Association for Behavior Analysis International

The Association for Behavior Analysis International® (ABAI) is a nonprofit membership organization with the mission to contribute to the well-being of society by developing, enhancing, and supporting the growth and vitality of the science of behavior analysis through research, education, and practice.


50th Annual Convention; Philadelphia, PA; 2024

Event Details

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Symposium #30
CE Offered: BACB
Recent Research in Teaching Social, Functional Living, and Vocational Skills to Adults With Developmental Disabilities
Saturday, May 25, 2024
10:00 AM–10:50 AM
Convention Center, 100 Level, 112 AB
Area: DDA; Domain: Applied Research
Chair: James Maraventano (Rutgers University)
CE Instructor: James Maraventano, Ed.D.

An often-cited barrier to independent living in adulthood for individuals with developmental disabilities (DD) is the ability to procure and/or maintain gainful employment. Upon turning 21 years old, resources, support, and funding for individuals with DD are significantly reduced, resulting in what is colloquially referred to as a “services cliff”. This lack of quality supports often contributes to poorer outcomes in the realms of acquiring and maintaining employment, managing mental and physical health, maintaining social relationships, and developing skills that promote independent living (e.g., functional living, problem solving, and vocational skills). It is critical to the role of support providers in adult services to employ evidence-based procedures to better improve outcomes of independent living for adults with DD. Our three presentations intend to disseminate recent research in assessing and teaching problem solving, interviewing, social and vocational skills to promote independence for adults with DD. Guido D’Angelo’s study evaluated a training package of behavioral skills training (BST) and token reinforcement to improve job-related social skills in natural contexts. Courtney Butler’s study evaluated the effects of a BST package to teach job interview skills to adults with ASD. Erika Cruz’s study evaluated the effects of a decision-making model and a BST package to teach problem solving skills to adults with ASD.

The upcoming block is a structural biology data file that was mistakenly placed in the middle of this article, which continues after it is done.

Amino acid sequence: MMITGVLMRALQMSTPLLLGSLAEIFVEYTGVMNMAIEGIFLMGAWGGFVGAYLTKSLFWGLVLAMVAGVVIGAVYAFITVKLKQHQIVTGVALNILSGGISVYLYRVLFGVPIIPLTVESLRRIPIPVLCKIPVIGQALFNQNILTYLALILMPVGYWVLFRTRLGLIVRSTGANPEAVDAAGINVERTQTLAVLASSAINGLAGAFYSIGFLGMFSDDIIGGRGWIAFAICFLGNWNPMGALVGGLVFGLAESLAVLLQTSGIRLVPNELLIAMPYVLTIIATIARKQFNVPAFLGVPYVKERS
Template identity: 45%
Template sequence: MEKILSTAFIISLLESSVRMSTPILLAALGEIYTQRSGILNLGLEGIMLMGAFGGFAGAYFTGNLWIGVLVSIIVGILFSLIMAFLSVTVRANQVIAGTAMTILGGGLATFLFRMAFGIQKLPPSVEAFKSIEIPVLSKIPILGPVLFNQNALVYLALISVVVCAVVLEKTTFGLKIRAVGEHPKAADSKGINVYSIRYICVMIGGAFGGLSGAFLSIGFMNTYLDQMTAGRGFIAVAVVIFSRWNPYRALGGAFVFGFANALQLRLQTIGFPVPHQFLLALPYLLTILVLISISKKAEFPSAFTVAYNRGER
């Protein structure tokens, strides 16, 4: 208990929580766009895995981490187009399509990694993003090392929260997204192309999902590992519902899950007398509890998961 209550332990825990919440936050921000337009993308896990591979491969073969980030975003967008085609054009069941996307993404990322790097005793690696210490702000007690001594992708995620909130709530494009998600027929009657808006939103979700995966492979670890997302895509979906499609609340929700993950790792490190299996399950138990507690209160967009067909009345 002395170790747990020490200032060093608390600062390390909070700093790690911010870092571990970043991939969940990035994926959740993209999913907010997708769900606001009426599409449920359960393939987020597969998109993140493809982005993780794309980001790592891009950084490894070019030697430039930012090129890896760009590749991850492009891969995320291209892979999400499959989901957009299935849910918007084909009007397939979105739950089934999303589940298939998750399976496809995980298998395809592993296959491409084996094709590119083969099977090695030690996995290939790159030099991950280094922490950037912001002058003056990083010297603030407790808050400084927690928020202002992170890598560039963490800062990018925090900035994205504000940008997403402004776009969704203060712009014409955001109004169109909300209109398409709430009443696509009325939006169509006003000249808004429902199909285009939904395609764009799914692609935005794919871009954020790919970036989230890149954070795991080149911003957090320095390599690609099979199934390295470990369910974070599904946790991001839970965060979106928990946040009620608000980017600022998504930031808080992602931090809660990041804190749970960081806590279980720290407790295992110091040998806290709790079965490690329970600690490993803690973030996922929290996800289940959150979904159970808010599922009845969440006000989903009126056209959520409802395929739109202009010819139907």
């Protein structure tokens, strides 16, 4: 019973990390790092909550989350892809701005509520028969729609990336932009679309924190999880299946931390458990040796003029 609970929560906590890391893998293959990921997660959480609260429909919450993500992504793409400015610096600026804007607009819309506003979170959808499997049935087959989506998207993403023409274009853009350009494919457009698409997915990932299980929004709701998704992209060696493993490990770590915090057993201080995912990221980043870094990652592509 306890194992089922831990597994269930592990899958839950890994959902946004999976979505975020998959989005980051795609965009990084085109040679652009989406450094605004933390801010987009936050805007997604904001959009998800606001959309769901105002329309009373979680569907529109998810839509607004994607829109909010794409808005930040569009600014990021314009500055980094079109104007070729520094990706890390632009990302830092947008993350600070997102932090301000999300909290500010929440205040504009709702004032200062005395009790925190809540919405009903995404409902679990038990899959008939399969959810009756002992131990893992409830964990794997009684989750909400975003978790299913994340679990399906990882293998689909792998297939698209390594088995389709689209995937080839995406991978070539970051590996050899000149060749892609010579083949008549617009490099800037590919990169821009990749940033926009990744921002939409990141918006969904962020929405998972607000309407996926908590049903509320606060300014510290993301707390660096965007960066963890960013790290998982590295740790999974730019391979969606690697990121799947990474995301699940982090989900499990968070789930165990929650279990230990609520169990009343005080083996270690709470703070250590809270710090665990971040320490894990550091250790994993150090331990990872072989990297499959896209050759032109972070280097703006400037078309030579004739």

Instruction Level: Intermediate
Keyword(s): adult autism, employment, interview skills, vocational skills
Target Audience:

This symposium is intended for behavior analytic professionals in the fields of adult service, education, and transition planning. Prerequisite skills for attendees include a knowledge of and/or experience utilizing behavior analytic assessments as teaching practices such as behavioral skills training and vocational assessments.

Learning Objectives: At the conclusion of the presentation, participants will be able to: (1) Discuss the utility of behavioral skills training and token reinforcement for teaching job-related social skills to adults with developmental disabilities (2) Understand and enact the use of behavioral skills training to teach interviewing skills to adults with autism (3) Utilize a written decision-making model incorporating behavioral skills training to teach problem-solving skills to adults with autism

An Individualized Approach to Teaching Adults With Autism to Successfully Navigate Job Interviews

COURTNEY BUTLER (Rutgers University), SungWoo Kahng (Rutgers University)